Warmers? Enders? Fillers?

By Craig Simons


What is more gratifying to a teacher than getting a lesson off to a fun, stimulating start? Other than …  a satisfying finish and students leaving with smiles on their faces? And how about in the middle of a long lesson, when energy levels are flagging, something to break up the lesson and get the learners re-focussed? Whenever they occur, short, light language activities can have a positive effect. Call them “warmers”, call them “enders” or even “fillers” – they can always be winners and a great help to teachers.

So here is a short collection of proven activities that you can use any time in a lesson to break the ice, change the mood, break up a lesson or send them away smiling.


Teams hangman race.

Divide the class into two teams and put two sets of marks denoting the letters of two different words on either side of the board. The teams take turns guessing the letters of their word, and the teacher writes up the correct letter or penalises the team as per hangman. When a team gets sufficient letters that they think they can guess the word, they consult and if they agree, they have a guess. If they’re right, they win. If wrong, they lose. If you don’t like drawing a “hangman”, use your own system of penalising, like a Humpty Dumpty climbing 8 steps before falling off the wall.


What/Who am I?

Students stick the name of a famous person / food / household object on their foreheads, making sure that they don’t see it. They then ask Yes/No questions to their partner until they guess the word. (“Am I metal? Am I sharp? Am I a knife?”)


I’d like to be a giraffe.

Think of a category and write four words from the category on the board eg, lion, giraffe, crocodile, panda.  Students decide, “I’d like to be a panda” etc. Their partner has to ask questions to get more information. “Are you a wild panda? Do you live alone or in a group? Do you have panda parties? What does bamboo taste like?”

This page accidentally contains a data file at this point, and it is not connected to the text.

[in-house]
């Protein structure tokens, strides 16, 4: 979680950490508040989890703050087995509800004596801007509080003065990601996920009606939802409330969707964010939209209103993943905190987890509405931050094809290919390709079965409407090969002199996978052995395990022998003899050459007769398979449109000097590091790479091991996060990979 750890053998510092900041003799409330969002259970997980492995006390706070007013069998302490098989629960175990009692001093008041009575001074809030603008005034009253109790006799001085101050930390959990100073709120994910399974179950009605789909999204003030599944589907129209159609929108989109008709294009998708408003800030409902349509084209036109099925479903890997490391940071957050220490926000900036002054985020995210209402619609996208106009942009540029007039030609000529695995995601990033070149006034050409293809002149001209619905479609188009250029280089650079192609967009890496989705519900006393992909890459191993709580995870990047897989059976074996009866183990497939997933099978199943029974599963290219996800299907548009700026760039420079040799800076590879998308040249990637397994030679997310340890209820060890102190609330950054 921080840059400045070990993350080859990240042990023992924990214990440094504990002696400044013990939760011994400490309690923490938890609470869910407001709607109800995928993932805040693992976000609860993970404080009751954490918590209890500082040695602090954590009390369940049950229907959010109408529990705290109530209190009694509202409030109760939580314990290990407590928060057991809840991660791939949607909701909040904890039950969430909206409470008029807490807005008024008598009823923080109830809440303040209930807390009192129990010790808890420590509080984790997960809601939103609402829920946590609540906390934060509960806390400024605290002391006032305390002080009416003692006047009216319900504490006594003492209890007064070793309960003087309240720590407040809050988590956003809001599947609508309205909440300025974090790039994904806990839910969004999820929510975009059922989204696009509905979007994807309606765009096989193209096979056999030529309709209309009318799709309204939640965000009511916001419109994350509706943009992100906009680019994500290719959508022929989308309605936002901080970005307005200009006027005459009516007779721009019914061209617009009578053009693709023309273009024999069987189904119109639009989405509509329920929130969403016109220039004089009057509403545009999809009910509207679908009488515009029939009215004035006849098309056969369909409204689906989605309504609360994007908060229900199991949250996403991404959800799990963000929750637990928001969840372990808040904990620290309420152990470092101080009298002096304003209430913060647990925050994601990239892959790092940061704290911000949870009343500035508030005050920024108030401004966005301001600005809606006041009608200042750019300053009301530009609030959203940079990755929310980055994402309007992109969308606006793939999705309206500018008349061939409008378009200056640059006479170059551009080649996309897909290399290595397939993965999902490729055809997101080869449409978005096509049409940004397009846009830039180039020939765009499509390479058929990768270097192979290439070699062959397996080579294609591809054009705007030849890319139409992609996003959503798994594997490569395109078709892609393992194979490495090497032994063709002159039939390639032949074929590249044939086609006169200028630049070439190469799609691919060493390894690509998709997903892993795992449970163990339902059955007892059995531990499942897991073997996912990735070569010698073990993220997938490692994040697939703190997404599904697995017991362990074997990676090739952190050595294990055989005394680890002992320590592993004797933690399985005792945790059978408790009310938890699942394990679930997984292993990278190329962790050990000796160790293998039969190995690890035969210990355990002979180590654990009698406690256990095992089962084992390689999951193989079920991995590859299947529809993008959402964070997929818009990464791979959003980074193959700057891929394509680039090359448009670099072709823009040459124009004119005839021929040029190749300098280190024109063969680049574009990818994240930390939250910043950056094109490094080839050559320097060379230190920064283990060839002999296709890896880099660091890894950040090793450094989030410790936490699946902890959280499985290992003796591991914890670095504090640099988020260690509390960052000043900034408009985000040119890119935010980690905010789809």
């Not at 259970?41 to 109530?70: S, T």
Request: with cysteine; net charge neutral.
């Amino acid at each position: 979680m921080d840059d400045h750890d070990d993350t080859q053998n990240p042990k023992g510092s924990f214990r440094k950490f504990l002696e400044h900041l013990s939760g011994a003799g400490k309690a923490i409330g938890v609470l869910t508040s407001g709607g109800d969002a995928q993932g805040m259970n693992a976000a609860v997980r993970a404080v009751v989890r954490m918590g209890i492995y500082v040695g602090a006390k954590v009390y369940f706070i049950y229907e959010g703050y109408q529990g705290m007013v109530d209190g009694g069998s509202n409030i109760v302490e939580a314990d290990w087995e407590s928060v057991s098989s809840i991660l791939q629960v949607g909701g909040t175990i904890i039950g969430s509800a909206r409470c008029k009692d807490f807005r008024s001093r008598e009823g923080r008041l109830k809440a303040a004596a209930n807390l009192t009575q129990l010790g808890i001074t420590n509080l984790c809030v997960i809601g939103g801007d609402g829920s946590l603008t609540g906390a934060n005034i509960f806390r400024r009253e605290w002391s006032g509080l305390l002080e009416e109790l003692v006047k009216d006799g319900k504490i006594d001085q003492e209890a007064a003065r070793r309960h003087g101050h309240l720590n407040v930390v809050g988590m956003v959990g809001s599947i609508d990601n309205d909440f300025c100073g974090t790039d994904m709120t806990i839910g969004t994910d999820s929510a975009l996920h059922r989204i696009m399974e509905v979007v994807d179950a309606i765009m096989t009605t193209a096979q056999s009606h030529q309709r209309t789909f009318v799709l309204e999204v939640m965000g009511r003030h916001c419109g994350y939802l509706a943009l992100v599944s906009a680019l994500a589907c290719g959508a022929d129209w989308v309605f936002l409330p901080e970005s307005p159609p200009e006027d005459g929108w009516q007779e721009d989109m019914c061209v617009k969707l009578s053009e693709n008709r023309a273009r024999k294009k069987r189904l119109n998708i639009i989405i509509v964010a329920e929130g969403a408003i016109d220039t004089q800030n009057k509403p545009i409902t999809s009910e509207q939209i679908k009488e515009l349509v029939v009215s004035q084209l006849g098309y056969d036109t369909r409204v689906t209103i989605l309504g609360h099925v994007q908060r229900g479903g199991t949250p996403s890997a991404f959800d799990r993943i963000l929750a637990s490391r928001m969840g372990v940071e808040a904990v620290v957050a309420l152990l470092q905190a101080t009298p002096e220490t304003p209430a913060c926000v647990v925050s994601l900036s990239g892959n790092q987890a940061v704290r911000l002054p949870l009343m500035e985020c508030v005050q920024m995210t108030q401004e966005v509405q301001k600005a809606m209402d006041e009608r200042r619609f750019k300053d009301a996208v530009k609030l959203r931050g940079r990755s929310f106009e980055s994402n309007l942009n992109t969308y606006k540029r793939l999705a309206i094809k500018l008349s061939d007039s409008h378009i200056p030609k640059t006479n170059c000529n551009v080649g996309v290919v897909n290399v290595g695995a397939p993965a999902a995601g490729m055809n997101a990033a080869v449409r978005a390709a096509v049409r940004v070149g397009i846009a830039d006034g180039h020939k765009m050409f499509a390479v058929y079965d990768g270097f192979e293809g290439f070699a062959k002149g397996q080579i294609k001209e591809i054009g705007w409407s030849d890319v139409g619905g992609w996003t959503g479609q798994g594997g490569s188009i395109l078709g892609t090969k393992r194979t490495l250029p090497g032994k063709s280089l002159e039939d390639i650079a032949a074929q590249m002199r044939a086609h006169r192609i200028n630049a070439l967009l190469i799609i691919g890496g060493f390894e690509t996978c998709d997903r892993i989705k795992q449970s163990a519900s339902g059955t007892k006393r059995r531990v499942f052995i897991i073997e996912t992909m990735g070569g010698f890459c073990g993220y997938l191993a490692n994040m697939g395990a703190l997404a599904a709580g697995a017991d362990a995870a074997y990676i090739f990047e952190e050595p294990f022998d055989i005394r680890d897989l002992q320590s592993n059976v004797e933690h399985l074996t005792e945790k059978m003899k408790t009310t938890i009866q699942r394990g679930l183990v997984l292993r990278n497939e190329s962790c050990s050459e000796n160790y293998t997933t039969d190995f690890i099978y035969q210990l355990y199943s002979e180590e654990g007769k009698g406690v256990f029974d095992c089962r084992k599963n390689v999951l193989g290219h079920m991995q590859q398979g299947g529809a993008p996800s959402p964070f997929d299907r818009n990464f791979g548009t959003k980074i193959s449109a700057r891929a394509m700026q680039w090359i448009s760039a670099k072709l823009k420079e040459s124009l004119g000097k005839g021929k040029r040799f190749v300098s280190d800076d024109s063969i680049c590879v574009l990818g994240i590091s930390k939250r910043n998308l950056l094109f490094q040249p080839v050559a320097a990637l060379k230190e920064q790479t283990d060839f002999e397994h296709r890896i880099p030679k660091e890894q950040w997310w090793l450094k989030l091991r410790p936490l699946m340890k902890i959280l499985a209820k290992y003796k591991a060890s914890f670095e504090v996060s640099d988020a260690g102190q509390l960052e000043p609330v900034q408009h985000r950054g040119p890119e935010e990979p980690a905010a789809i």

Truth or lies.

The teacher writes 3 sentences about themselves on the board and tells the class that one of them is a lie. The students all make guesses as to which is the lie and the teacher makes a note of how many votes each statement gets, and finally reveals the truth. Students then play the game with each other in pairs or groups.


Spelling quiz.

Put the class into pairs and read out a list of tricky or recent words, which the pairs have to spell correctly. The pair with the most correct words wins.


Make a list.

Choose a suitably random category, e.g. “things that are pointy” or “musical instruments” and give pairs 2 minutes to write as many items as they can. The longest list wins.


I “verb”.

The teacher models the game by thinking of a verb that they “do” (for example, breathe) and inviting students to ask questions to work out what it is. Questions might be, “How often do you verb? Where do you verb? Are you verbing now?” Students then take turns thinking of a verb and inviting their classmates to guess what it is.


If you like these ideas and you’d like to find more, an excellent book is Penny Ur and Andrew Wright’s Five Minute Activities.



Craig has been teaching English in Japan for more than 10 years and currently works at The British Council.